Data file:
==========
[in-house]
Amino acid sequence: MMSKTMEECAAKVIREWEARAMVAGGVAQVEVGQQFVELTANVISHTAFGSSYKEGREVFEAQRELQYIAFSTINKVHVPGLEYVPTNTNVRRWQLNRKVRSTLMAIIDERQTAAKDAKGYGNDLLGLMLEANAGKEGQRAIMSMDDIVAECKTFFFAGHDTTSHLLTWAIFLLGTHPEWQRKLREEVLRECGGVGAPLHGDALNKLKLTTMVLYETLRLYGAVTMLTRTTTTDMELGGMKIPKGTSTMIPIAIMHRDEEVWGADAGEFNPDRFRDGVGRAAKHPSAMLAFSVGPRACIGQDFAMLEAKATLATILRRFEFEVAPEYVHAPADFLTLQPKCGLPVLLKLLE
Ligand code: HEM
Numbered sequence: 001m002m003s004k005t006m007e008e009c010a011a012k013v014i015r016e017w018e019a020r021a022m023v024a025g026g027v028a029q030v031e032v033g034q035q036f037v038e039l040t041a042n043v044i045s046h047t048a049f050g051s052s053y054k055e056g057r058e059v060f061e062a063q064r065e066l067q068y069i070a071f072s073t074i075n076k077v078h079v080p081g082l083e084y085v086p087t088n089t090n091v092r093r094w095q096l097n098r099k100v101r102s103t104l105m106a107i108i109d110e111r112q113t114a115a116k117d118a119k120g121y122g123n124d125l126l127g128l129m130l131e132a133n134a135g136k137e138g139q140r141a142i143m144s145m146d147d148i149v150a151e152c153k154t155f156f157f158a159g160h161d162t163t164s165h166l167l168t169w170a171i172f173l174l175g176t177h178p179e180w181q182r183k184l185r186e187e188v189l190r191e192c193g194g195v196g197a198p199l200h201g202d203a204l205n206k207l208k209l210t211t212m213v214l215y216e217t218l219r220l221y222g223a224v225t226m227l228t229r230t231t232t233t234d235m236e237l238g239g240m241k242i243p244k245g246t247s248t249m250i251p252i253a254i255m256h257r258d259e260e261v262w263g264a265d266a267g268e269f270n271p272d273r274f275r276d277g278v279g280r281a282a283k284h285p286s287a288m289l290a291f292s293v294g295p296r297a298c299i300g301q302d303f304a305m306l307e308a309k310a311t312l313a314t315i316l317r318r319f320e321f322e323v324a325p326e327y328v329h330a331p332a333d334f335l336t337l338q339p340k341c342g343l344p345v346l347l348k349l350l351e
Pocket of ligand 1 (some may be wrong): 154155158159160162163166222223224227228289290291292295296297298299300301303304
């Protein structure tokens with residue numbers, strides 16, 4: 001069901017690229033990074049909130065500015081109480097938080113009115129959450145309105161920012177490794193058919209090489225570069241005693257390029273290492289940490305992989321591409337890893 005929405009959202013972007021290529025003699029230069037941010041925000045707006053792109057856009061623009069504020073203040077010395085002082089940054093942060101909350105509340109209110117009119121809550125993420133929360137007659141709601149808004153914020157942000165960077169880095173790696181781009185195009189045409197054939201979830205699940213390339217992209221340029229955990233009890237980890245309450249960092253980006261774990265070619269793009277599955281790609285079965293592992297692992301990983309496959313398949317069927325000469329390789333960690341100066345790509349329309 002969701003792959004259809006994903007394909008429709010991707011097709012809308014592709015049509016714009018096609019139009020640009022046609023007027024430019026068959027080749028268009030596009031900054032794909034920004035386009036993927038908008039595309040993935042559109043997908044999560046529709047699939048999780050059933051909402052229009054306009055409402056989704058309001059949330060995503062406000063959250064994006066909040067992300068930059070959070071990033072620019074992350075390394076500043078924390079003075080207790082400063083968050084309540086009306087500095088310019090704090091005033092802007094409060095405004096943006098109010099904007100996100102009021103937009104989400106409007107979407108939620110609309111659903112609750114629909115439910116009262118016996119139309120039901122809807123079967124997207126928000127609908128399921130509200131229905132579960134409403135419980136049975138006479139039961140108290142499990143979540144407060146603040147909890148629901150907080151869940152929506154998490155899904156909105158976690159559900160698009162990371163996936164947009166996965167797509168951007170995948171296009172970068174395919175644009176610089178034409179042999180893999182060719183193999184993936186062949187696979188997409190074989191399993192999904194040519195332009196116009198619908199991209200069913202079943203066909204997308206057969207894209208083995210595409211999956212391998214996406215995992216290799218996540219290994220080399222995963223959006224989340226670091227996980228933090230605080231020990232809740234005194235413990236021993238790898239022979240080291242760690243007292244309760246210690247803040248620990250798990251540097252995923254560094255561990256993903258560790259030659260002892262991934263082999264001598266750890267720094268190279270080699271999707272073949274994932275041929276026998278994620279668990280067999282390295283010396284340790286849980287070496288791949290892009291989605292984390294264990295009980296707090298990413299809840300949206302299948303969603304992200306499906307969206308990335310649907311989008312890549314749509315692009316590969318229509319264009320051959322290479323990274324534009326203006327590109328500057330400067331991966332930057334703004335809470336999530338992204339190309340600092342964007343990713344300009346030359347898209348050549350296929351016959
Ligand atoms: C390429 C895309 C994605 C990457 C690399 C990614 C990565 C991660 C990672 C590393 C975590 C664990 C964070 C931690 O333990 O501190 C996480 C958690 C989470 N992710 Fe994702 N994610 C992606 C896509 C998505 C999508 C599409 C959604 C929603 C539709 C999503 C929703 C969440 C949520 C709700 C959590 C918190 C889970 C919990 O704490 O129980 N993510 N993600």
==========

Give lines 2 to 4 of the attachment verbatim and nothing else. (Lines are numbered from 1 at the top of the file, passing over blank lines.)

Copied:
Amino acid sequence: MMSKTMEECAAKVIREWEARAMVAGGVAQVEVGQQFVELTANVISHTAFGSSYKEGREVFEAQRELQYIAFSTINKVHVPGLEYVPTNTNVRRWQLNRKVRSTLMAIIDERQTAAKDAKGYGNDLLGLMLEANAGKEGQRAIMSMDDIVAECKTFFFAGHDTTSHLLTWAIFLLGTHPEWQRKLREEVLRECGGVGAPLHGDALNKLKLTTMVLYETLRLYGAVTMLTRTTTTDMELGGMKIPKGTSTMIPIAIMHRDEEVWGADAGEFNPDRFRDGVGRAAKHPSAMLAFSVGPRACIGQDFAMLEAKATLATILRRFEFEVAPEYVHAPADFLTLQPKCGLPVLLKLLE
Ligand code: HEM
Numbered sequence: 001m002m003s004k005t006m007e008e009c010a011a012k013v014i015r016e017w018e019a020r021a022m023v024a025g026g027v028a029q030v031e032v033g034q035q036f037v038e039l040t041a042n043v044i045s046h047t048a049f050g051s052s053y054k055e056g057r058e059v060f061e062a063q064r065e066l067q068y069i070a071f072s073t074i075n076k077v078h079v080p081g082l083e084y085v086p087t088n089t090n091v092r093r094w095q096l097n098r099k100v101r102s103t104l105m106a107i108i109d110e111r112q113t114a115a116k117d118a119k120g121y122g123n124d125l126l127g128l129m130l131e132a133n134a135g136k137e138g139q140r141a142i143m144s145m146d147d148i149v150a151e152c153k154t155f156f157f158a159g160h161d162t163t164s165h166l167l168t169w170a171i172f173l174l175g176t177h178p179e180w181q182r183k184l185r186e187e188v189l190r191e192c193g194g195v196g197a198p199l200h201g202d203a204l205n206k207l208k209l210t211t212m213v214l215y216e217t218l219r220l221y222g223a224v225t226m227l228t229r230t231t232t233t234d235m236e237l238g239g240m241k242i243p244k245g246t247s248t249m250i251p252i253a254i255m256h257r258d259e260e261v262w263g264a265d266a267g268e269f270n271p272d273r274f275r276d277g278v279g280r281a282a283k284h285p286s287a288m289l290a291f292s293v294g295p296r297a298c299i300g301q302d303f304a305m306l307e308a309k310a311t312l313a314t315i316l317r318r319f320e321f322e323v324a325p326e327y328v329h330a331p332a333d334f335l336t337l338q339p340k341c342g343l344p345v346l347l348k349l350l351e